To our valued customers,
We at Spook Factory have been hosting the state’s scariest haunted house since we bought an abandoned doll factory back in 1982. Every year, we have been proud to offer you the most bone-chilling, spine-tingling, nightmare-inducing frights throughout the whole month of October.
However, we recognize that this year is already all too terrifying. On top of the pandemic, a looming election, and mass unemployment, the west coast has something called “fire season.”
Now that terms like “lockdown” and “aerosolized transmission” are part of everyday conversation, perhaps you don't need a meandering walk through an abandoned mansion overrun with undead clowns to provide a life-affirming jolt of terror this year.
So this October, Spook Factory will look a little different. Instead of the usual ghouls chasing you through the hallways, this year's tour will offer you a respite from the ongoing horror show that is 2020.
Let us give you a preview of the calming, murder-hornet-free experience that awaits you:
In our first room (previously the “Foyer of Frights”) our array of things that go bump in the night has been replaced with small pets who are sleepy. Whisper your way past dogs who ran all day with their friends and have flopped in positions that appear to defy physics. It’s adorable and has even lowered blood pressure in test subjects. Well, in our test subjects, of which there are two. We promise we feel much better.
Follow the marked, six-feet-apart steps to our next room (“Dining Room of Death”) where television screens project images of a raucous, lively dive bar. Other patrons smile at you and lift their beers in greeting, reminding you that even though your Zoom happy hours trailed off in April, people still like you when they meet you at parties. You know, when there were parties.
The kitchen (“Cultist Carving Station”) smells like freshly-baked bread and echoes with the sounds of early 1990s PBS cooking shows. Enjoy Julia Child and Martin Yan’s soothing voices while you meander through a truly warming space. Fresh cinnamon rolls softly rise in the ovens to your right and are available to purchase at the end of the tour. Please ignore the blood splatters on the wall. Our PPP money ran out before our painting crew got to the kitchen.
In the basement (“Witch’s Dungeon of Dread”) our favorite witch Maude—cackling over her cauldron since 1986!—has a new series of potions this year. Instead of her usual concoctions of stewed newts and bile-pickled eyeballs that have haunted local children’s nightmares for decades, she is offering custom-blended CBD products to treat anxiety, insomnia, and generalized fear of anti-vaxxers! You can find her regular line of edibles and other delights at her dispensary, Maude’s Medicinals, in the back of the Starbucks parking lot downtown.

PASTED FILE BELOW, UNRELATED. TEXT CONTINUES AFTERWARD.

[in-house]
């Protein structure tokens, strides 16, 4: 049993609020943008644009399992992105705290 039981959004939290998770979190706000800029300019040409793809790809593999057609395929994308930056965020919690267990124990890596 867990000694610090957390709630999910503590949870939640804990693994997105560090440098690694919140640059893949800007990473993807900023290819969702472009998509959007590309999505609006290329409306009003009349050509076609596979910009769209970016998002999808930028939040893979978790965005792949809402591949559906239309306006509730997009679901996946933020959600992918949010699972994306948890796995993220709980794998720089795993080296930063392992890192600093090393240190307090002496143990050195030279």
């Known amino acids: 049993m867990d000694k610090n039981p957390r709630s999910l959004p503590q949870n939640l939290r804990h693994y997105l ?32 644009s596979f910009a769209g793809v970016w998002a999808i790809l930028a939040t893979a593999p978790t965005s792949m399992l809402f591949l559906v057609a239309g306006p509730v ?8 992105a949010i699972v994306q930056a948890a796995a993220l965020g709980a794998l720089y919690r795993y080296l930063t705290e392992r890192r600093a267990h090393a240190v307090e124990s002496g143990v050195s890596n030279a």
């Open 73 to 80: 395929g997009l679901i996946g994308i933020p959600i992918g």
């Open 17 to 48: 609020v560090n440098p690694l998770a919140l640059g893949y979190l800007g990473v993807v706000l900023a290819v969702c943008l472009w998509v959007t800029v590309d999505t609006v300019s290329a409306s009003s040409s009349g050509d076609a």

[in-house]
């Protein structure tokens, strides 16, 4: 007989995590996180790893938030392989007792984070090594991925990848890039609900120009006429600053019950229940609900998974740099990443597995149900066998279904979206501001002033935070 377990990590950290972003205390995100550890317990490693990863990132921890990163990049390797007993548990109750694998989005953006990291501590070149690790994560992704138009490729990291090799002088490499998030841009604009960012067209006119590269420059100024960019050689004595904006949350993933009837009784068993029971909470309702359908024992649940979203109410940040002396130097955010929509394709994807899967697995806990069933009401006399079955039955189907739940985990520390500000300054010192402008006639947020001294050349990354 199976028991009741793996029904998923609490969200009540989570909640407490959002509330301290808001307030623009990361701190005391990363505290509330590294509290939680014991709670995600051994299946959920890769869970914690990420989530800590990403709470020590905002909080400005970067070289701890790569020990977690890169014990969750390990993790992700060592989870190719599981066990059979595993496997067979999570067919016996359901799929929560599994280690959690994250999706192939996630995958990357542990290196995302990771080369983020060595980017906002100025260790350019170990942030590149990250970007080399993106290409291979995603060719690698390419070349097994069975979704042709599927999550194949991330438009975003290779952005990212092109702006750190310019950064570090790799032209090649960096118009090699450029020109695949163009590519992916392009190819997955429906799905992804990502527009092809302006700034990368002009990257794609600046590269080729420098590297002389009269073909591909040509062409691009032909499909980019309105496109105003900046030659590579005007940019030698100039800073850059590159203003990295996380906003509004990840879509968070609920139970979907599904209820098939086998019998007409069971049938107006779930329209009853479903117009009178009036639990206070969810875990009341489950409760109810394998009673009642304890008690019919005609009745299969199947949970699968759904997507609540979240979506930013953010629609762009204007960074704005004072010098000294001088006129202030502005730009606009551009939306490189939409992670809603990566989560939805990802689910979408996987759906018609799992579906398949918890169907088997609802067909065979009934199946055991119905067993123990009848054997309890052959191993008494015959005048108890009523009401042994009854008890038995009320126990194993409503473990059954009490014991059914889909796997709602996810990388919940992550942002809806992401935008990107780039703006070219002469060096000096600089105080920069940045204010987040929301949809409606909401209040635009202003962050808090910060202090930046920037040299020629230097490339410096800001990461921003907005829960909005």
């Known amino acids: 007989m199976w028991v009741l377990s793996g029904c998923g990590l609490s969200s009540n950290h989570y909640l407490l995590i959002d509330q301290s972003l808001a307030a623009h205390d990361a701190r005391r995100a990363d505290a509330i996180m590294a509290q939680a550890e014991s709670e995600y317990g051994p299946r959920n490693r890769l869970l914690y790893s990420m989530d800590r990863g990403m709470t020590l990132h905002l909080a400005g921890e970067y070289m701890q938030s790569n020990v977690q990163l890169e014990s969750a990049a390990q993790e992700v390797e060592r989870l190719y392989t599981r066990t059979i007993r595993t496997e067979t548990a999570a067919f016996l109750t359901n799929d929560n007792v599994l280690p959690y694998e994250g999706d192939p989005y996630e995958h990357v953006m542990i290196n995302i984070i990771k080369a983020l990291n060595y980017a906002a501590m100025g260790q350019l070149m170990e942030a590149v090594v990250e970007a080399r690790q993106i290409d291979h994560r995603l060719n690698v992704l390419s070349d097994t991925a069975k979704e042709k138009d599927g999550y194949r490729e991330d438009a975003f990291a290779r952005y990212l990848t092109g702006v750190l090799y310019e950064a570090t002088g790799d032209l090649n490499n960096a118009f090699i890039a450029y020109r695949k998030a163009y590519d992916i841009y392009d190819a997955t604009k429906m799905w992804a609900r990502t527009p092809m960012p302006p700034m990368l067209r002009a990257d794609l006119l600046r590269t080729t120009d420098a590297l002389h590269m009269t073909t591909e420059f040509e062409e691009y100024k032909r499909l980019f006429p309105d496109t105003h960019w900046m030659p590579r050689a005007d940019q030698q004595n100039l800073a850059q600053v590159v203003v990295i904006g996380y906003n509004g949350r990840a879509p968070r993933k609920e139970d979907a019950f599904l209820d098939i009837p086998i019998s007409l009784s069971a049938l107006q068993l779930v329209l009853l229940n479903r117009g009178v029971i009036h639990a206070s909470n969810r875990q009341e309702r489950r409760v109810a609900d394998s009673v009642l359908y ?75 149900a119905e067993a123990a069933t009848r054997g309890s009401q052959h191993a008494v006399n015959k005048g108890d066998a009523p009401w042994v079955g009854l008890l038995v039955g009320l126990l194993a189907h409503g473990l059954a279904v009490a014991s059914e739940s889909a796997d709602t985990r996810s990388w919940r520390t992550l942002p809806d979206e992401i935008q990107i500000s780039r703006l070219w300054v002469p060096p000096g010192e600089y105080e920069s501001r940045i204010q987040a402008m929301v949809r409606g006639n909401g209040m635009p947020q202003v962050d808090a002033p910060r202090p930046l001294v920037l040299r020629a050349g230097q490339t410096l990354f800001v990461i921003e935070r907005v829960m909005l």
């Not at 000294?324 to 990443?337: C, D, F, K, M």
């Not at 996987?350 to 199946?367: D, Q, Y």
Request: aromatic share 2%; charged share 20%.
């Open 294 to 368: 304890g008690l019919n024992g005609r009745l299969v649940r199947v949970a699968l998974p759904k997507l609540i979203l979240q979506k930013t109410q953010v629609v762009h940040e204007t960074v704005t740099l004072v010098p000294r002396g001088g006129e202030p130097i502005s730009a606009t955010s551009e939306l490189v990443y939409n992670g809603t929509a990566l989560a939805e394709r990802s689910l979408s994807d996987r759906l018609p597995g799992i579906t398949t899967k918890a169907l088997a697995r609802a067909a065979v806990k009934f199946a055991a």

In the final room (“Panic Parlour”) Bobo the Undead Clown—look, we really didn’t want to lay off Bobo, and buying all those puppy beds really ate into the costume budget—will do slight-of-hand magic to amaze and enchant you. He’s spent quarantine watching how-to videos on YouTube and he’s gotten pretty good. You’ll be so busy trying to figure out how the ace of spades ended up in your left shoe that you might forget your existential dread for entire minutes at a time.
We hope that this year, you leave feeling soothed and tranquil. It’s a big change from what you’ve come to expect from the Spook Factory, we know, but innovation really is the name of the game. Or at least that’s what our loan servicer told us when we asked how we were expected to pay our bills this fall.
We understand that you may still be seeking truly scary experiences this October. In that case, may we recommend the Girl Scouts’ Small World Ride down the road? It shepherds visitors through the countries of the globe as they will appear in 2035 if climate change remains unaddressed. We couldn’t sleep for weeks.